Stocks and shares ISAs
If you’ve got an appetite for risk, remember that as well as the £5,760 you’ve already invested in your cash ISA, you can also invest the same amount in a stocks and shares ISA this tax year.
Historical evidence shows that over long-term periods, stocks and shares outperform cash accounts, so this option is well worth considering if you can afford to leave your savings untouched for five to 10 years.
Remember that you aren’t restricted to holding just funds in your stocks and shares ISAs, you can also hold individual shares, investment trusts, corporate bonds, gilts and exchange-traded funds (ETFs) in an ISA. If you aren’t certain which investments are right for you, then you should seek professional independent financial advice. An adviser can help you build an investment portfolio to suit your risk profile and financial objectives.
Even if you are confident about going it alone, you should still never rush in to investing in stocks and shares. While you still have time to invest your full ISA allowance for this tax year, which ends on April 5, you should take your time to decide where to put your money.
Many current accounts now offer higher rates of interest than savings accounts, and can therefore be a great option if you don’t want to take any risks with your money, and if you want to be able to make regular withdrawals.
Santander’s 123 account, for example, pays a market leading 3.00% AER on balances between £3,000 up to £20,000, and you also get cashback on your household bills. You do however, have to pay at least £500 a month into the account, and there is a £2 monthly fee.
Savers who don’t have as much as £3,000 to invest may want to consider Nationwide Building Society’s FlexDirect account instead. This pays an impressive 5.00% AER on balances between £1 and £2,500, and there is no monthly fee. The rate only applies for the first 12 months though, and you will need to pay in a minimum of £1,000 each month to qualify.
Another option worth considering is Clydesdale Bank’s Current Account Direct, which pays 4.00% AER on balances between £1 and £3,000 until March 2015. Again, you will have to pay in £1,000 minimum monthly funding.
Peer-to-peer lending websites have soared in popularity in recent years. Savers agree to lend to individuals or small businesses at lower rates than borrowers would typically be offered by high street lenders, and in return earn better rates of interest than they would achieve if they put their money in a standard savings account.
For example, RateSetter is currently offering a 2.10% average net return on its Monthly Access account, which requires a minimum investment of £10, while Wellesley & Co is offering a rate of 3.79% on its six-month term account, which can again be opened with a minimum investment of £10. Both these rates are the expected annual equivalent rates (AER) after fees and bad debt have been deducted.
Unfortunately, peer-to-peer savings cannot yet be held in ISAs – though there is a possibility this might change. Returns are still currently paid without any tax being deducted, so if you are lending as an individual you will need to declare any interest and gains to the HM Revenue & Customs (HMRC) on your self-assessment tax return, or inform your local tax office.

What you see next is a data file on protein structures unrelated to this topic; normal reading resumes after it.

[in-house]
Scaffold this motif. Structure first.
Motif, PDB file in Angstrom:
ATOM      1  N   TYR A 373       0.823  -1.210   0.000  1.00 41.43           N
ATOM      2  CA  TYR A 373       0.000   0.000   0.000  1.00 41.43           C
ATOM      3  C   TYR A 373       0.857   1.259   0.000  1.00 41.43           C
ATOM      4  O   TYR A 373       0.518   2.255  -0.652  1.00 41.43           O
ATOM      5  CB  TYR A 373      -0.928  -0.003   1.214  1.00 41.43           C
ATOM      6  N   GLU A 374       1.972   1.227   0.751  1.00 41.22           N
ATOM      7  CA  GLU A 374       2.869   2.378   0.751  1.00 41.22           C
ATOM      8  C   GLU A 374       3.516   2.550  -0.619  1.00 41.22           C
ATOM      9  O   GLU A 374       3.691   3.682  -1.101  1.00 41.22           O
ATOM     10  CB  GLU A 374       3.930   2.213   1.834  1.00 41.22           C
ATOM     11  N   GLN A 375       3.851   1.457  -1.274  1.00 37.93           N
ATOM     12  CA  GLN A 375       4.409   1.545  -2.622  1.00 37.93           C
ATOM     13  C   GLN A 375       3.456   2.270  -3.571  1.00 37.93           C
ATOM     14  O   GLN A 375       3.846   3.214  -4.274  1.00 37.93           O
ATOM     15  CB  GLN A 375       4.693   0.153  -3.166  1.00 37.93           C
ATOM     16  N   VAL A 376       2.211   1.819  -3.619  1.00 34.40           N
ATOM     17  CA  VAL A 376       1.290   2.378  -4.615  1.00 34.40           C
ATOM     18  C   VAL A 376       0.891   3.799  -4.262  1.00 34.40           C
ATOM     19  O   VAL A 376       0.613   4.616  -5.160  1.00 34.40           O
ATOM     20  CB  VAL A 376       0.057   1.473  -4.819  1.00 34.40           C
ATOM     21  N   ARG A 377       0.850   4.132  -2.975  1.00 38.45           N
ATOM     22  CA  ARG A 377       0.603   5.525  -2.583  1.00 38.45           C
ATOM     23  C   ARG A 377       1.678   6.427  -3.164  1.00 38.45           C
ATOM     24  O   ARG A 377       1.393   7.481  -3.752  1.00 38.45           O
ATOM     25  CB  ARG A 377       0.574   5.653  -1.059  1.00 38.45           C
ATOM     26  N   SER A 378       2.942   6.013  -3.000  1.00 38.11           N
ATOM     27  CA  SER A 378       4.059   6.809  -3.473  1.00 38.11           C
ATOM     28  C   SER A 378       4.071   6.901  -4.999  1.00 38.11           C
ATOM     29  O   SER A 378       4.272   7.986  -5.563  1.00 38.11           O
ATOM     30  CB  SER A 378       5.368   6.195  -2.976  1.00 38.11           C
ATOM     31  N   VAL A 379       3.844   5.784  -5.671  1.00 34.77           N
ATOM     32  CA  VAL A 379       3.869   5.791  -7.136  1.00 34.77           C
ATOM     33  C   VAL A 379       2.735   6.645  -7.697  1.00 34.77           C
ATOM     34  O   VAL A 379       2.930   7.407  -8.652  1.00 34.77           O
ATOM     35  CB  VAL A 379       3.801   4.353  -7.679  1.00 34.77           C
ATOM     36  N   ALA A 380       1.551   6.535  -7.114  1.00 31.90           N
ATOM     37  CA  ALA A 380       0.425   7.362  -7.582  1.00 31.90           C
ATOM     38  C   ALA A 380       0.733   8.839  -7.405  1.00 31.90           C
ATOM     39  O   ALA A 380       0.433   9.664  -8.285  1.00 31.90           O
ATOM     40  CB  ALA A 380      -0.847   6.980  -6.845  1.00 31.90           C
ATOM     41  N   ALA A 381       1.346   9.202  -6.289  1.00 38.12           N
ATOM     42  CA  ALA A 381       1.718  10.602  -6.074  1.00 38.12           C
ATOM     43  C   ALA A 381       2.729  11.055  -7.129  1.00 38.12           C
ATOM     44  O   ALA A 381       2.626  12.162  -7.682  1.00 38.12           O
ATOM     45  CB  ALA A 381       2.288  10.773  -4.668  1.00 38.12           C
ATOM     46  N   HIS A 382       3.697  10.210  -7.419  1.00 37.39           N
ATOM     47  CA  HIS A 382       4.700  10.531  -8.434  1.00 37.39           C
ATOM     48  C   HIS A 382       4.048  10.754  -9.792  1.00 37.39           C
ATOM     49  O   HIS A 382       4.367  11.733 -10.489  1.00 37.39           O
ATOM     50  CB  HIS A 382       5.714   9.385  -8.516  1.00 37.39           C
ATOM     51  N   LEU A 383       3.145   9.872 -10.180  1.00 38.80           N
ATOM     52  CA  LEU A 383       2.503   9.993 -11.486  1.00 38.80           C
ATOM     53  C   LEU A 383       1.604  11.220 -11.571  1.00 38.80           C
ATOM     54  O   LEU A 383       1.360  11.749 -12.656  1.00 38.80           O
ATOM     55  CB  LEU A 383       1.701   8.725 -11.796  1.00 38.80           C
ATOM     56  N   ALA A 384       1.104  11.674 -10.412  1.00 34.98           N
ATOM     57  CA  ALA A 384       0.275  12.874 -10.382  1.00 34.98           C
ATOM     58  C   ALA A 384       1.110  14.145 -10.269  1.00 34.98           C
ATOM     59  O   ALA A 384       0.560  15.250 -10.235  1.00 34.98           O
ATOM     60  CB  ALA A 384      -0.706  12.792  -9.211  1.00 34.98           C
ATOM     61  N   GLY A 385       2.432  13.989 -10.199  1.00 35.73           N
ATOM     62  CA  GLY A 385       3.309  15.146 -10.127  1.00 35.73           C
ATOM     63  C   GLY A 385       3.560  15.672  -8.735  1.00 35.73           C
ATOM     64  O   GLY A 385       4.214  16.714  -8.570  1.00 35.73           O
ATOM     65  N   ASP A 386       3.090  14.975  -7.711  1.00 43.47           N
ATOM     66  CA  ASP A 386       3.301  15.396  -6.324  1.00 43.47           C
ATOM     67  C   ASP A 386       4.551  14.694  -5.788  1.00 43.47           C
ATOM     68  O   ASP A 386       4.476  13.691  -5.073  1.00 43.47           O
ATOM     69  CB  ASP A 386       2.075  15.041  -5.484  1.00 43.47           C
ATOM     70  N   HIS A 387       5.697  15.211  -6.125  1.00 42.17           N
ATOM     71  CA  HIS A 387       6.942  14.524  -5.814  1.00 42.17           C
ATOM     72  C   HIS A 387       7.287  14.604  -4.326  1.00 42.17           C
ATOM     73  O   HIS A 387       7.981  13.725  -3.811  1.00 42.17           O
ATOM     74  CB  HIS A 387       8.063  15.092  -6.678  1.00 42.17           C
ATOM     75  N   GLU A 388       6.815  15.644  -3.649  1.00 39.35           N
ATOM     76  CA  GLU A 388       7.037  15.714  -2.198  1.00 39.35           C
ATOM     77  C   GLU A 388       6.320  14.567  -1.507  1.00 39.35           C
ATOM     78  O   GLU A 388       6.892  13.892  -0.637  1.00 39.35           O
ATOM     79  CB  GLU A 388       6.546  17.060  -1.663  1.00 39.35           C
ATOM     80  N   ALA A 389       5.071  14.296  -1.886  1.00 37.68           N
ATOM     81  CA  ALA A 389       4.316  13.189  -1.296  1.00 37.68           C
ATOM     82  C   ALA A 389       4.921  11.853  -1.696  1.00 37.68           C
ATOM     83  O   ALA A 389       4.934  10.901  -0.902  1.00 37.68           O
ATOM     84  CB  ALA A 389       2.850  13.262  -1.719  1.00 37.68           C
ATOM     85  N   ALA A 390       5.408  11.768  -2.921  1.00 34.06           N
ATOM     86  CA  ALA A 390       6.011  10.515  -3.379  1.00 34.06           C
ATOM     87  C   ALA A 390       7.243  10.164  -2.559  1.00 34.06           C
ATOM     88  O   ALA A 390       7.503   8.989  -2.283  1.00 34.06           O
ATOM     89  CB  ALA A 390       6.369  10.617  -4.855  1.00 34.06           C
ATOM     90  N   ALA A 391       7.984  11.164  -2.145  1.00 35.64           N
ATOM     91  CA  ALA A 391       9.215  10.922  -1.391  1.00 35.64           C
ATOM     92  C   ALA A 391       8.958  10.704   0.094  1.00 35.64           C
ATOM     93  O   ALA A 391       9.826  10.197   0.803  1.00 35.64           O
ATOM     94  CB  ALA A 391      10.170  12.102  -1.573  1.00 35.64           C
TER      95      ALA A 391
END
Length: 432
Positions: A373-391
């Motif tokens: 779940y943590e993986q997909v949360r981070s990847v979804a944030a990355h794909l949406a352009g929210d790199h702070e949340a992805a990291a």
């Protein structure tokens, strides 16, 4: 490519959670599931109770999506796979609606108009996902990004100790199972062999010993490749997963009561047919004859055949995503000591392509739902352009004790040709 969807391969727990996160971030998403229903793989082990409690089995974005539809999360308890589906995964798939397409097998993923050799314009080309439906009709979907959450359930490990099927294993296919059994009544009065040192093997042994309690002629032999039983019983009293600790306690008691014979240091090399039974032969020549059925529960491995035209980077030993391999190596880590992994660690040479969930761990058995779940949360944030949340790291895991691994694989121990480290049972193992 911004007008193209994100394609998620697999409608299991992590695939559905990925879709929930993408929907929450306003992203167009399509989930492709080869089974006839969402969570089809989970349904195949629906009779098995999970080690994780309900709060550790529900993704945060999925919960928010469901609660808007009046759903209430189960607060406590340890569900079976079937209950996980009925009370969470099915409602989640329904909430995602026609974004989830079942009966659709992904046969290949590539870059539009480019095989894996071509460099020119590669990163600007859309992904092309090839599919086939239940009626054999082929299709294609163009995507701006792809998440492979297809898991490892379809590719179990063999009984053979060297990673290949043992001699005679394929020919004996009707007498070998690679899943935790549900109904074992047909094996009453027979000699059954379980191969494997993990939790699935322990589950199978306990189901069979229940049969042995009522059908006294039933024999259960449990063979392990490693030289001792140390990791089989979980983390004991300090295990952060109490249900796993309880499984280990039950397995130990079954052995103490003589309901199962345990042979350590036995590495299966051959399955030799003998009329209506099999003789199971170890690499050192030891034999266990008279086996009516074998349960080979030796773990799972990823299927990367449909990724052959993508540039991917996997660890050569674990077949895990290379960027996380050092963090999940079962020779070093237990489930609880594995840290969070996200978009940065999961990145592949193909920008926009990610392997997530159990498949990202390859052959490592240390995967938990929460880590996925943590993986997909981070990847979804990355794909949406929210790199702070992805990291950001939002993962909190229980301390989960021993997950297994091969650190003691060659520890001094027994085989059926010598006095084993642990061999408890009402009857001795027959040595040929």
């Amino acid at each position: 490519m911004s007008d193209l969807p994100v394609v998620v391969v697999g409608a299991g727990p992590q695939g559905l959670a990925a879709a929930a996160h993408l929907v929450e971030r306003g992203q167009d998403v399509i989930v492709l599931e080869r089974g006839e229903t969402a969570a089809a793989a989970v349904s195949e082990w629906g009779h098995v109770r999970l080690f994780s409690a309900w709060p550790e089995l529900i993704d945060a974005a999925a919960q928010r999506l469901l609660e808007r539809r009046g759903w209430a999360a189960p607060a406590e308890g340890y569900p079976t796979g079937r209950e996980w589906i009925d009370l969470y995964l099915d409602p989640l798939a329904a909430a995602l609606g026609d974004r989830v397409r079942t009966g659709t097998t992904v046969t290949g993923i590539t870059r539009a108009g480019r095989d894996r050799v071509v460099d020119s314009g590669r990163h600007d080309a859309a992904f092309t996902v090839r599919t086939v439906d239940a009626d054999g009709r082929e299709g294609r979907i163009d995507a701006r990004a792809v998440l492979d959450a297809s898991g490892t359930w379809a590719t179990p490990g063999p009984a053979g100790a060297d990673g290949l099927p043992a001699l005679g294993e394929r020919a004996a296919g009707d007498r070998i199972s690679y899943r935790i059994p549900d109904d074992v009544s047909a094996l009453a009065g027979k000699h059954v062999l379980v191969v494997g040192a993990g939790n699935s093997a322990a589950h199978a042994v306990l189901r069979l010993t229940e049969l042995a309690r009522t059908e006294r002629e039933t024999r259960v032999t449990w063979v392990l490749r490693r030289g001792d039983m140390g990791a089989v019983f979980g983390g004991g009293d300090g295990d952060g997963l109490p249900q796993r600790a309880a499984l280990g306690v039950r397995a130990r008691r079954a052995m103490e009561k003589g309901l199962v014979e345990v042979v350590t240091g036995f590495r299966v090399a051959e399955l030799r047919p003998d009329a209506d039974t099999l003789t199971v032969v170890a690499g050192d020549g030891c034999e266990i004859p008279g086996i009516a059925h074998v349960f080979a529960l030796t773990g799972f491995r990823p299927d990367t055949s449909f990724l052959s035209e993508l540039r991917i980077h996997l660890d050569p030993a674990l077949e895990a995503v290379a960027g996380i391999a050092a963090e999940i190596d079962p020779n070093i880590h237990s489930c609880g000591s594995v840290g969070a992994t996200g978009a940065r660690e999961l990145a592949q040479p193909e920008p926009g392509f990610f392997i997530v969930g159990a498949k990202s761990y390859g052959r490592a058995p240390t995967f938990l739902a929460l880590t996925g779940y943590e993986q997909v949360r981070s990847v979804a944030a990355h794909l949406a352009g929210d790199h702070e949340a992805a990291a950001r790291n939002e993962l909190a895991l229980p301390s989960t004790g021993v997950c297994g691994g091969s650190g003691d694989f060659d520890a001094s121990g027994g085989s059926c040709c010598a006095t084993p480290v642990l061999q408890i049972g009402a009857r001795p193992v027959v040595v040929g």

You can find out more about what happens to your money when you invest in peer-to-peer with Laura Howard’s article.
Remember too that any money invested in peer-to-peer lending schemes is not covered by the Financial Services Compensation Scheme (FSCS), which offers financial protection in the event that providers go bust. However, most peer-to-peer lenders have provision funds in place which are designed to cover any losses suffered as a result of borrowers not paying back what they owe.
Structured products combine capital protection with the opportunity to receive returns which are linked to the performance of the stock market, usually the FTSE 100 Index. They are generally more complicated than standard savings accounts and with some there is a risk you could get back less than you put in, so always read the small print carefully before investing.
Structured bonds run for a fixed term, usually between three and six years, and either offer investors income or growth.
For example, the Investec FTSE 100 Target Income Deposit Plan 10, which has a six-year investment term, offers a potential annual income of 4.85% (gross). The FTSE 100 Index is measured at the start of the plan, and, if its closing level for the five business days up to and including the anniversary date is higher than 90% of the initial index level, you will get a fixed return of 4.85%. If the FTSE is equal to or lower than this, then you won’t receive any income that year.
However, if the Index meets the required level on any future anniversary, any previously missed income payments will be added back and paid out. You must hold the plan for the full six-year term and the minimum amount you can invest is £3,000.
Don’t forget next year’s ISA allowance!
Remember also that, from April 6, 2014, you will have a fresh new ISA allowance available to you of £11,880 half of which (£5,940) can be held in a cash ISA. Unfortunately, returns are low across the board so make sure you shop around for the best deal and don’t forget to look at your own bank too in case it is offering special rates for existing customers.